Bioprinting at Carnegie Mellon University: Researchers Create Acoustic Tweezers to Move Cells Safely
The 3D printing industry currently employs so many applications that it’s becoming nearly impossible to keep track–and if you are, that’s one long list. As you read along in this moment, designers are busy pumping out endless new innovations in apparel and shoes from the outrageous to the comfortable, the health and skincare industry is busy smoothing away our wrinkles, and manufacturers have discovered 3D metal printing is the bomb.
But a select group of scientists today will probably tell you the true importance–and the real challenge–is in the bioprinting of cellular structures–and seeing that they stay alive. We have made the first step in being able to create and manipulate them, but making a true foundation for them to grow from seems to be the secret to viability. This is literally like re-creating the human body from the very beginning, as those in bioprinting must look toward what certainly seems impossible–making blood vessels and nourishment for cells fabricated in a lab. One important consideration, however, is that these exercises all require scientists to maneuver and manipulate said cells and that’s one challenge that has to be mastered first.
Researchers at Carnegie Mellon University have just released a paper regarding their acoustic tweezers, which can indeed be used to move 3D printed cells much more effectively and safely. Authored by Carnegie Mellon University President Subra Suresh, along with collaborators Tony Jun Huang from Pennsylvania State University, and Ming Dao from MIT, ‘Three-dimensional manipulation of single cells using surface acoustic waves’ has just been published in this week’s issue of the Proceedings of the National Academy of Sciences.
Backing up a bit from the overall challenge of making cells and then protecting their viability, these researchers point out that being able to get them, and place them properly, is key. With that in mind, they’ve created a technique that uses acoustic tweezers for the gentle manipulation of cells, relying on sound waves to capture and move them–and all in 3D.
“In this method, we use standing-wave phase shifts to move particles or cells in-plane, whereas the amplitude of acoustic vibrations is used to control particle motion along an orthogonal plane,” state the researchers in their paper. “We demonstrate, through controlled experiments guided by simulations, how acoustic vibrations result in micromanipulations in a microfluidic chamber by invoking physical principles that underlie the formation and regulation of complex, volumetric trapping nodes of particles and biological cells.”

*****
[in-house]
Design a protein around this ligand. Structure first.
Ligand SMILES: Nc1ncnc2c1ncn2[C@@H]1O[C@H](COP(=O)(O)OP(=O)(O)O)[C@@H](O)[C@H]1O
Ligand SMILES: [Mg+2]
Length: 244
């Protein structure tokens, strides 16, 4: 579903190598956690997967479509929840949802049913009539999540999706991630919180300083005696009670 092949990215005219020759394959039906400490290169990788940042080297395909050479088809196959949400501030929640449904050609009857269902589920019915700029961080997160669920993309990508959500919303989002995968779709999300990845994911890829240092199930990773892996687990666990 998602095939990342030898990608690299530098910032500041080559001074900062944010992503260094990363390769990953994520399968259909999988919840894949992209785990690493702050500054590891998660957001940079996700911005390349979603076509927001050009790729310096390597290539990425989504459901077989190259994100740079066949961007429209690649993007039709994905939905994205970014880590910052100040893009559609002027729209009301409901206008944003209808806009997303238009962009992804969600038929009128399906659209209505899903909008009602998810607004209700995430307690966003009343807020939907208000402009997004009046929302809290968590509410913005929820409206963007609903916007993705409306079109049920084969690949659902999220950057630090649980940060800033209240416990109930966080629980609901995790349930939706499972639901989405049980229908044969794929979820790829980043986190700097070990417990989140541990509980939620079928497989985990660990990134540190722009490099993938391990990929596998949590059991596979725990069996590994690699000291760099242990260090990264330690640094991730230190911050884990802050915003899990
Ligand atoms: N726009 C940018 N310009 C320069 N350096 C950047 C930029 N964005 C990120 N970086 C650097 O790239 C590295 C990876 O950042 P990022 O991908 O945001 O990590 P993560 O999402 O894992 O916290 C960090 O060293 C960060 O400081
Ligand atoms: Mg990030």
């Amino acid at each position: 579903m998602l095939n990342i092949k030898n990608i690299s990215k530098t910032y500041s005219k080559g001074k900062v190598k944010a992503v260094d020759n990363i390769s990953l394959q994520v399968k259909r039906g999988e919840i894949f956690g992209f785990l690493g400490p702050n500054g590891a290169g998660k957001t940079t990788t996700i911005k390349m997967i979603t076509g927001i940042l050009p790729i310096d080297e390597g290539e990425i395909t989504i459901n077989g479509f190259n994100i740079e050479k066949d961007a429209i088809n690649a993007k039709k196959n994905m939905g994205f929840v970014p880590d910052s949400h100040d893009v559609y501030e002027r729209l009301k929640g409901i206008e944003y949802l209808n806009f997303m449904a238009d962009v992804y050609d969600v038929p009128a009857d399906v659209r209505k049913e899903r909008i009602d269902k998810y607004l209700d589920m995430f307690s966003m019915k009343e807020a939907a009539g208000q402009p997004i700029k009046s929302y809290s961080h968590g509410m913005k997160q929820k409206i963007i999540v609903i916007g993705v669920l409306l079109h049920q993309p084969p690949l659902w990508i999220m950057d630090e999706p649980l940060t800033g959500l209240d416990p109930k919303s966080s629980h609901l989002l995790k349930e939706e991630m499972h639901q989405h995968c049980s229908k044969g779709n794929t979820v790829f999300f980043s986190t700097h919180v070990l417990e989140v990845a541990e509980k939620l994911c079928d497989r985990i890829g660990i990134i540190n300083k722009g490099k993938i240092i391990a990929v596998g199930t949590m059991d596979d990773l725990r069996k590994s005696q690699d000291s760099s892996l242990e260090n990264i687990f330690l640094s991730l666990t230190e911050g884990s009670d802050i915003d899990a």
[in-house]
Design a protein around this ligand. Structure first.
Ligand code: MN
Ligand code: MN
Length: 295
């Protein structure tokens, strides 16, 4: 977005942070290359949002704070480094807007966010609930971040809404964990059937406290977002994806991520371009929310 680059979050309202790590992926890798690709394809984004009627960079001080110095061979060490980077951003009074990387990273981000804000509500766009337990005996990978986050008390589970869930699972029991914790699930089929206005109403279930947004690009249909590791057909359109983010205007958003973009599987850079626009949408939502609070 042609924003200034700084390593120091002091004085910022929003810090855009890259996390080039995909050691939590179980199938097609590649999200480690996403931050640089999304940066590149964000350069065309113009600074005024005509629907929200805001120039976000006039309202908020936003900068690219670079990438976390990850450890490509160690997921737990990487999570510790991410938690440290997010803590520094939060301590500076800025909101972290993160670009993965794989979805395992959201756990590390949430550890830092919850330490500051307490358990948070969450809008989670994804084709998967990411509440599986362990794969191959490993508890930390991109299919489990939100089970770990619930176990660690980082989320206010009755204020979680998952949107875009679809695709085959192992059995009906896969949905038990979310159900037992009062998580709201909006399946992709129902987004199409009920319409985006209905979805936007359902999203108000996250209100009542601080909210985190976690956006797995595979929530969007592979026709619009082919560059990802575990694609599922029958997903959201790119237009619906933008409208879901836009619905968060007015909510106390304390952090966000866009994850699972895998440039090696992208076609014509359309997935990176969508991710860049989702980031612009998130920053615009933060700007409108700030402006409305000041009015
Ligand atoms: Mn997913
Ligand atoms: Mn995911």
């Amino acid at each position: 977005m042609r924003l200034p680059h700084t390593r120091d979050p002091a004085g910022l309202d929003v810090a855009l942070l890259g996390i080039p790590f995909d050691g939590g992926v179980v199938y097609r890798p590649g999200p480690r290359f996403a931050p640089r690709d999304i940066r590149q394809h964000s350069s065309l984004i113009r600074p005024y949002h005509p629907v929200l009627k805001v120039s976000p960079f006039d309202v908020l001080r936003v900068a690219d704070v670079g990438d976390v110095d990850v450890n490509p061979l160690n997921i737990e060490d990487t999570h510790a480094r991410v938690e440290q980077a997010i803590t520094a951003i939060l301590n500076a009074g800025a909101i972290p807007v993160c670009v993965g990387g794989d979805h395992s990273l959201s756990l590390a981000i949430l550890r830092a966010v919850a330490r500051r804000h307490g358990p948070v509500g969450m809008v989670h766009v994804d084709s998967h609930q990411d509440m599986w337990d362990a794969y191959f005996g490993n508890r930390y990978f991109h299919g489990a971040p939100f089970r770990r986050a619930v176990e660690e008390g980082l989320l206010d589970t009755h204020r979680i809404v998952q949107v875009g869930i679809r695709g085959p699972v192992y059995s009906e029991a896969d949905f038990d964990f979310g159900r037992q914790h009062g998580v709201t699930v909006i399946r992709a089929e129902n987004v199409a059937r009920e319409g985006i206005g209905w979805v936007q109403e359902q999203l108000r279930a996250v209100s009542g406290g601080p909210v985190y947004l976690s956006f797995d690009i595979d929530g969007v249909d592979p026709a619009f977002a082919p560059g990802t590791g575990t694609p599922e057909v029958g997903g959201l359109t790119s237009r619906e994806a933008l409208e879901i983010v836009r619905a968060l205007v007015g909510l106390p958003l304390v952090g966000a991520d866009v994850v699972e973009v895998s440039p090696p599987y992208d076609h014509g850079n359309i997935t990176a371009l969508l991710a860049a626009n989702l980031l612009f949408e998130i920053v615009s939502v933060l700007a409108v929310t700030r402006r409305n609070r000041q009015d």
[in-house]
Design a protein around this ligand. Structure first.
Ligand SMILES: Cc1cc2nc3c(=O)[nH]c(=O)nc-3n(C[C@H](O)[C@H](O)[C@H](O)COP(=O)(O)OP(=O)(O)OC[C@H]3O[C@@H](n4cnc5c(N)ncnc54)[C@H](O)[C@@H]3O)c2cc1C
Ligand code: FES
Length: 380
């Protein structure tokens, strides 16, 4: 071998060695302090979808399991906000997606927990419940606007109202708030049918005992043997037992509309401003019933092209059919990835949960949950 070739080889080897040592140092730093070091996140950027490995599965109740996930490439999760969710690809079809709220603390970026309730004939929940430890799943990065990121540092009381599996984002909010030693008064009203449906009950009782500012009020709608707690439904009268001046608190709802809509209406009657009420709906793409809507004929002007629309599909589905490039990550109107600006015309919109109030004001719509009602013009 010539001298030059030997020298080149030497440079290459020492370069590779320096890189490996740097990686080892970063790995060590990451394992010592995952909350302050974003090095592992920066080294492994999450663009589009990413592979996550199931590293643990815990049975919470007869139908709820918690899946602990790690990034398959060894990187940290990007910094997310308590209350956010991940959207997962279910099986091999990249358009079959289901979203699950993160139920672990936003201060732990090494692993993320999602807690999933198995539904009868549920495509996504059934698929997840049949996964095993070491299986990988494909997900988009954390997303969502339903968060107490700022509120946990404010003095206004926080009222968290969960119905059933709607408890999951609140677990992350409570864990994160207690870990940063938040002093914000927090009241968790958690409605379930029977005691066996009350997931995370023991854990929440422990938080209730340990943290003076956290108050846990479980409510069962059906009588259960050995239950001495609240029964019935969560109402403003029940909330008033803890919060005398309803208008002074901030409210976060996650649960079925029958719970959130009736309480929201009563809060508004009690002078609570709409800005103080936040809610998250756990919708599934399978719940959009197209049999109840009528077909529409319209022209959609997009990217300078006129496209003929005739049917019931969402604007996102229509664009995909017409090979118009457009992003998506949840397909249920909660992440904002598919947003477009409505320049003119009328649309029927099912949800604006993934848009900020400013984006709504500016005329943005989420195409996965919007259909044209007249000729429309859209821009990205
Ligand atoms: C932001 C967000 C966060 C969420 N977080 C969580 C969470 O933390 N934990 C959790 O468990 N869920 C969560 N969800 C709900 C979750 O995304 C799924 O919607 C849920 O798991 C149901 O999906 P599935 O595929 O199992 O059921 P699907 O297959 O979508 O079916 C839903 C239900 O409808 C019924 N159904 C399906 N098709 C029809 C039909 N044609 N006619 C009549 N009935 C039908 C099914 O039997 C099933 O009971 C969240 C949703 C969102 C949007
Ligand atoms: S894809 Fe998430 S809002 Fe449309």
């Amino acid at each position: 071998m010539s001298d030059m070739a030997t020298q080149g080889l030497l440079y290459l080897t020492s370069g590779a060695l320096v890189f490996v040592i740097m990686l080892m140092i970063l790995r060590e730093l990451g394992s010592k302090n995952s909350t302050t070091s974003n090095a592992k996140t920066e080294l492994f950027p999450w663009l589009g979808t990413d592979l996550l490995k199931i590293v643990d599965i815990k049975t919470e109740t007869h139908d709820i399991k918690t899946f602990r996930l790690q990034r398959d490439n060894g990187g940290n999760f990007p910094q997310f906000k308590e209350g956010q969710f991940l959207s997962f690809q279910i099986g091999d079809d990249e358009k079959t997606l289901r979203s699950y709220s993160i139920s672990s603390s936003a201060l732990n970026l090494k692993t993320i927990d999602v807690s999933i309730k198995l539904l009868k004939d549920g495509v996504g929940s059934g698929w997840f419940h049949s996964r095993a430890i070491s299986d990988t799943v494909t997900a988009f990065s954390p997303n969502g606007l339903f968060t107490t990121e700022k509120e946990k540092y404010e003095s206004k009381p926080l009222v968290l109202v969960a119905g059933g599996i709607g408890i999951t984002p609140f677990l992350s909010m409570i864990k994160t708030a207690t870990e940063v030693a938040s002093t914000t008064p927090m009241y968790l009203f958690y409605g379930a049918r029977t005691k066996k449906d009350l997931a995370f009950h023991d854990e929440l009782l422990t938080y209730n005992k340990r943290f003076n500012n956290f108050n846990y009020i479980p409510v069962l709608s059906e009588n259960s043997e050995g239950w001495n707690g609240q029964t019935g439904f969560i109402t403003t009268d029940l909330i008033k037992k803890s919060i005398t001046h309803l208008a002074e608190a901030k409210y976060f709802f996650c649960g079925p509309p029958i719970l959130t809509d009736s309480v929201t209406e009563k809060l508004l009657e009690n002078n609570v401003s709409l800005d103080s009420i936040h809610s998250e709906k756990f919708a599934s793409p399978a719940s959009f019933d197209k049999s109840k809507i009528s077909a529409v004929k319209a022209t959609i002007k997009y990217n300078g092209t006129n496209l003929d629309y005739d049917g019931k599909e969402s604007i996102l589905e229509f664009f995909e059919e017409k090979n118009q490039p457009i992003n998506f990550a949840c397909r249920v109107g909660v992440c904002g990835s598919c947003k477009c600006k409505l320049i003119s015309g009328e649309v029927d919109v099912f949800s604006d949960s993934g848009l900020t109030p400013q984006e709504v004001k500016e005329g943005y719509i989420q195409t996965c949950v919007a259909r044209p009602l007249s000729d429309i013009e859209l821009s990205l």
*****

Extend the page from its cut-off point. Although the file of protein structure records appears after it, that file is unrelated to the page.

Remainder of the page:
As with many processes in science and medicine–the less invasive the better–and that’s demonstrated clearly with this new method that involves employing a microfluidic device to generate sound, allowing for the 3D ‘trapping node’ that allows cells to be herded around. The secret in using the tweezers is in trapping the cells along a specific three axes.
“The results presented in this paper provide a unique pathway to manipulate biological cells, accurately and in three dimensions, without the need for any invasive contact, tagging or biochemical labeling,” Suresh said. “This approach could lead to new possibilities for research and applications in such areas as regenerative medicine, neuroscience, tissue engineering, bio-manufacturing and cancer metastasis.”
Because the cells are obviously incredibly fragile, a gentle approach is key here, as well as one that prohibits contamination. As a good comparison, the researchers point out that this technology is similar to the safety and frequency of ultrasound used in the imaging of pregnant mothers as growing fetuses are monitored. Cells can be picked up and dropped off, or even placed on top of other cells, with this process offering a new way to make networks.
“Three-dimensional acoustic tweezers were used to pattern cells with control over the number of cells, cell spacing, and the confined geometry, which may offer a unique way to print neuron cells to create artificial neural networks for applications in neuron science and regenerative neuron medicine,” state the researchers in their paper.
Working as ‘building blocks,’ the tweezers can lead the way to imaging and further analysis. And very importantly, they will assist in translating and 3D printing, offering contact-free precision in the lab, and leading the way in bioprinting to eventually creating entire organs.
The paper’s authors include Feng Guo, Zhangming Mao, Yuchao Chen, Zhiwei Xie, James P. Lata, Peng Li, Liqiang Ren, Jiayang Liu, Jian Yang, Ming Dao, Subra Suresh, and Tony Jun Huang. Discuss your thoughts on these new tools being used for moving cellular structures in the Acoustic Tweezers and Bioprinted Cells forum over at 3DPB.com.
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